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Editorial: A lot can be learned from NFL protests

September 29, 2017

Editorial: A lot can be learned from NFL protests

Photo by: Rachel Klaus

Since America’s earliest days, the flag has been a symbol that stands for the ideals that this country is
built on, as well as the courageous men and women who have fought and died to preserve those
values—values like liberty, justice and, of course, freedom. This is why the flag is waved and the national anthem is sung at every sporting event around the nation.

The flag has been at the forefront of the public agenda recently with the protests that have been
sweeping across the NFL since former San Francisco 49ers quarterback Colin Kaepernick first took a knee
during the national anthem as a form of protest against racial injustice. Opinions of Kaepernick’s
decision, and now the decision of dozens of NFL players from various teams across the league, to sit or
kneel during the national anthem have been undeniably split, raising a question for all of us: is it
disrespectful to choose not to stand during the national anthem?

The answer to that question is that there is no definite answer. Whether or not refraining from standing
during the anthem is disrespectful ultimately lies with the views each individual person. One of the most
important freedoms that comes with being an American is the freedom of speech. This freedom allows
us to take a public stance for what we believe in, without fear of being punished for it.

It’s acceptable to believe that kneeling during the national anthem is disrespectful, and it’s acceptable to
believe that it is not. We must be aware, though, that NFL players who choose to kneel or sit during the
national anthem are, whether you agree with their decision or not, acting within their constitutional
rights. Their actions are neither “un-American” nor hateful toward the soldiers who have given their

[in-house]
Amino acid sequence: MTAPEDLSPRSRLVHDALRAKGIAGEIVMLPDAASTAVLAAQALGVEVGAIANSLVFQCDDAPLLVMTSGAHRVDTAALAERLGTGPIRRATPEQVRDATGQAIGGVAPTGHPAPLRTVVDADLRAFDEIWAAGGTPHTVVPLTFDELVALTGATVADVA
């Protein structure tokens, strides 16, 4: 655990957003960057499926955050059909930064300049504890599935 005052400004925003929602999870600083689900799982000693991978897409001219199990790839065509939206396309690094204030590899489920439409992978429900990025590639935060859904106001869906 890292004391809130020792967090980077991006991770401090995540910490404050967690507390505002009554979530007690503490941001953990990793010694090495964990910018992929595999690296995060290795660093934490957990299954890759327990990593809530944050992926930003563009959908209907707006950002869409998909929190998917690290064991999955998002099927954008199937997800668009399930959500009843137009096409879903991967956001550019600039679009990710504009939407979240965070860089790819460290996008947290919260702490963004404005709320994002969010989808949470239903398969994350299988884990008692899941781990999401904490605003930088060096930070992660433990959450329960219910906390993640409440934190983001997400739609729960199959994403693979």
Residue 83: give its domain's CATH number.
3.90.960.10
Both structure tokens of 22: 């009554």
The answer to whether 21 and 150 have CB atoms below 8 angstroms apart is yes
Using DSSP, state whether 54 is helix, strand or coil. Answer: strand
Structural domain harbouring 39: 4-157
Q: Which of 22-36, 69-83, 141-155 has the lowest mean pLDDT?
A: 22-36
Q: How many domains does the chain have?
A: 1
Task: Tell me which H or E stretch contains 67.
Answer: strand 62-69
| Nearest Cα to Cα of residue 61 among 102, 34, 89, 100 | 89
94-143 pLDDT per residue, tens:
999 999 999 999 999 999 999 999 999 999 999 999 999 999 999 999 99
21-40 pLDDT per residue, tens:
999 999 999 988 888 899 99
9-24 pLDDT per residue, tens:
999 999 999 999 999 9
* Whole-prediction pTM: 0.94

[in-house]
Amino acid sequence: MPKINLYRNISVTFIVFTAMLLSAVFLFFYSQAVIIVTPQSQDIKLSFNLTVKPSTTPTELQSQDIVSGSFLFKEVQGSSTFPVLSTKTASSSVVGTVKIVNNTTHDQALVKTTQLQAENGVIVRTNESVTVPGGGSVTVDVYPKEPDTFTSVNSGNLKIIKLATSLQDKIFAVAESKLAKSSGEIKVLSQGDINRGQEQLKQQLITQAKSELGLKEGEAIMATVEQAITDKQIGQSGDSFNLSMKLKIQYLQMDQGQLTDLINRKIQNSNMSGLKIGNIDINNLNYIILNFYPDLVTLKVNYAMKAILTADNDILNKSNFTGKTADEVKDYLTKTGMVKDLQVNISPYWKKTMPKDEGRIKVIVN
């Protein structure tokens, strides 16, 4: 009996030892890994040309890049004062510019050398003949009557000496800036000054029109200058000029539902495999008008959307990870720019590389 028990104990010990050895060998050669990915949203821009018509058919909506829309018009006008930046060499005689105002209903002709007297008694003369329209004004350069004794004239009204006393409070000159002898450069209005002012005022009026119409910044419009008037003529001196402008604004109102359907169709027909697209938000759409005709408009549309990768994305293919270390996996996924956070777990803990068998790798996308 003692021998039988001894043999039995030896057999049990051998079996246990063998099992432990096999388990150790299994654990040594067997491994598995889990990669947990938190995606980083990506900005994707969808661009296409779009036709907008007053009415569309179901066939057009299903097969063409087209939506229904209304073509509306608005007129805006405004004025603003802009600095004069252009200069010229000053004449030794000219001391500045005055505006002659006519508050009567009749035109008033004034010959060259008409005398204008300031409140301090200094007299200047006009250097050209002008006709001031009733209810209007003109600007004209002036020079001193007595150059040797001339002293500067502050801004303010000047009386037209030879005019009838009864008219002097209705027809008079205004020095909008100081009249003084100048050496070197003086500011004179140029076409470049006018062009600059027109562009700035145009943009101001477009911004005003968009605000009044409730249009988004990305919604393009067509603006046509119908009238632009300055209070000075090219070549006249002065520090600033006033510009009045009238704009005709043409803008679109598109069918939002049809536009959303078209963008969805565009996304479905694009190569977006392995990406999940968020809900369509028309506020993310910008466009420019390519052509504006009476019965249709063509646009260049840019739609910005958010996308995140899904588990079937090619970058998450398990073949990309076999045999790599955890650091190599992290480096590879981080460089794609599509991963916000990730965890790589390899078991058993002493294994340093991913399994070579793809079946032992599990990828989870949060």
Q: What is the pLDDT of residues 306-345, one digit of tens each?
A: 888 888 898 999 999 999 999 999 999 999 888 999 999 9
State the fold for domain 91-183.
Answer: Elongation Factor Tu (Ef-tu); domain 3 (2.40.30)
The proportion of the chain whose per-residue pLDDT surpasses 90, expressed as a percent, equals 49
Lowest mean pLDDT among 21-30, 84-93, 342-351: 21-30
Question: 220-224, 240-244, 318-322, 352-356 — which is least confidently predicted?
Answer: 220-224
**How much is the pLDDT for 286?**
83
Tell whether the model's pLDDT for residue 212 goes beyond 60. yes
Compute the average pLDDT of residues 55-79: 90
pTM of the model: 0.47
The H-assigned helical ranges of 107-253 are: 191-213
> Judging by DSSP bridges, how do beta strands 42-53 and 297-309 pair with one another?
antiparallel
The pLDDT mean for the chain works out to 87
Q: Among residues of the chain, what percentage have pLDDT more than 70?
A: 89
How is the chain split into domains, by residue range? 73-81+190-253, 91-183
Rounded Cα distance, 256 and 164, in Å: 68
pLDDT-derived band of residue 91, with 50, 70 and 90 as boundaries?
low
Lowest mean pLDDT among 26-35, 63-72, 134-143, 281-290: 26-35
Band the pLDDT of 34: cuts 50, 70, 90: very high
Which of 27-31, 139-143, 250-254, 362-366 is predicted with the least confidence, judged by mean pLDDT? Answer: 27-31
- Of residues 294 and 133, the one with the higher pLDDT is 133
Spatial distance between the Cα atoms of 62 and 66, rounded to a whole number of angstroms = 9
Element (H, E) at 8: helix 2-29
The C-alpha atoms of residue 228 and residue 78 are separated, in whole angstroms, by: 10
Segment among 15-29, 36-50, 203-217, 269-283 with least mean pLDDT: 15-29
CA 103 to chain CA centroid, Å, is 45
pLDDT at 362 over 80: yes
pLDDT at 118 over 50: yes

lives for this country. Those men and women died for freedom, and that includes the freedom to choose
not to stand during the national anthem.

With that being said, there is something that needs to be made very clear: these protests have never
been about protesting the flag, the national anthem or America.

The players who choose to refrain from standing during the anthem are doing so because of beliefs
about which they feel strongly, whether those beliefs center on police brutality, racial injustice or the
recent and out-of- line comments made by President Trump regarding men who choose to kneel. They
aren’t kneeling against this country or the men and women who died for it; they are kneeling because
they see a problem in this country that they love, and they want to bring awareness to that problem.
They are kneeling to have their voices heard.

On the other side of the debate, people who believe that kneeling during the anthem is disrespectful do
not feel that way out of hatred. They feel that way because they see the flag as a representation of all of
the men and women who have died to preserve this nation’s freedom and believe that it should be
honored accordingly.

Additionally, if someone denies that the problem for which these men are kneeling exists, it is not
necessarily because they hate that cause. It is likely because they do not face such a problem

There unfortunately are people whose opinions on this issue come from unacceptable and extreme
views. Bigotry, racism and everything of the sort are, unfortunately, real viewpoints that some
individuals possess. Hateful people can be found on both sides. It’s disheartening to see the arguments